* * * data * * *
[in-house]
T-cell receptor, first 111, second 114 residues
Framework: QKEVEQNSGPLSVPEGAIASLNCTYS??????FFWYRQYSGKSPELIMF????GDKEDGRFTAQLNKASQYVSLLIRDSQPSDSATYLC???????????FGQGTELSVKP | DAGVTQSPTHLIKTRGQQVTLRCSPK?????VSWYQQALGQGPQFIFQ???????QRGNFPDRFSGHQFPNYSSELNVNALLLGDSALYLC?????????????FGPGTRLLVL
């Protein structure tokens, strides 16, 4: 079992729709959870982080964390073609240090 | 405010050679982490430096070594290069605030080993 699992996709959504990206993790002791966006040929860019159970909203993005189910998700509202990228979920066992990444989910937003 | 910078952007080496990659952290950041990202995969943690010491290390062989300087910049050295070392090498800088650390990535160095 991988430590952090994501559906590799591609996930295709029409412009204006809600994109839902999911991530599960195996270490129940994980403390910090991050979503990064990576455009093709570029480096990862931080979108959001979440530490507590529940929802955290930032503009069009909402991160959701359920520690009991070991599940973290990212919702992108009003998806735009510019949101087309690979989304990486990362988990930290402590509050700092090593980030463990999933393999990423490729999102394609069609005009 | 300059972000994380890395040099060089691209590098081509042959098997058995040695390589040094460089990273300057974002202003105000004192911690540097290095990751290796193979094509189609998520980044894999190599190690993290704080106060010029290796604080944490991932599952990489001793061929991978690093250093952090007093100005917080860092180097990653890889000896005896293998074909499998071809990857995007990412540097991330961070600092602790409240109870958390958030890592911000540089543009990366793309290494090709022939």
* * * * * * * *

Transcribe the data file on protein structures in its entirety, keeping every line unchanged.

[in-house]
T-cell receptor, first 111, second 114 residues
Framework: QKEVEQNSGPLSVPEGAIASLNCTYS??????FFWYRQYSGKSPELIMF????GDKEDGRFTAQLNKASQYVSLLIRDSQPSDSATYLC???????????FGQGTELSVKP | DAGVTQSPTHLIKTRGQQVTLRCSPK?????VSWYQQALGQGPQFIFQ???????QRGNFPDRFSGHQFPNYSSELNVNALLLGDSALYLC?????????????FGPGTRLLVL
């Protein structure tokens, strides 16, 4: 079992729709959870982080964390073609240090 | 405010050679982490430096070594290069605030080993 699992996709959504990206993790002791966006040929860019159970909203993005189910998700509202990228979920066992990444989910937003 | 910078952007080496990659952290950041990202995969943690010491290390062989300087910049050295070392090498800088650390990535160095 991988430590952090994501559906590799591609996930295709029409412009204006809600994109839902999911991530599960195996270490129940994980403390910090991050979503990064990576455009093709570029480096990862931080979108959001979440530490507590529940929802955290930032503009069009909402991160959701359920520690009991070991599940973290990212919702992108009003998806735009510019949101087309690979989304990486990362988990930290402590509050700092090593980030463990999933393999990423490729999102394609069609005009 | 300059972000994380890395040099060089691209590098081509042959098997058995040695390589040094460089990273300057974002202003105000004192911690540097290095990751290796193979094509189609998520980044894999190599190690993290704080106060010029290796604080944490991932599952990489001793061929991978690093250093952090007093100005917080860092180097990653890889000896005896293998074909499998071809990857995007990412540097991330961070600092602790409240109870958390958030890592911000540089543009990366793309290494090709022939």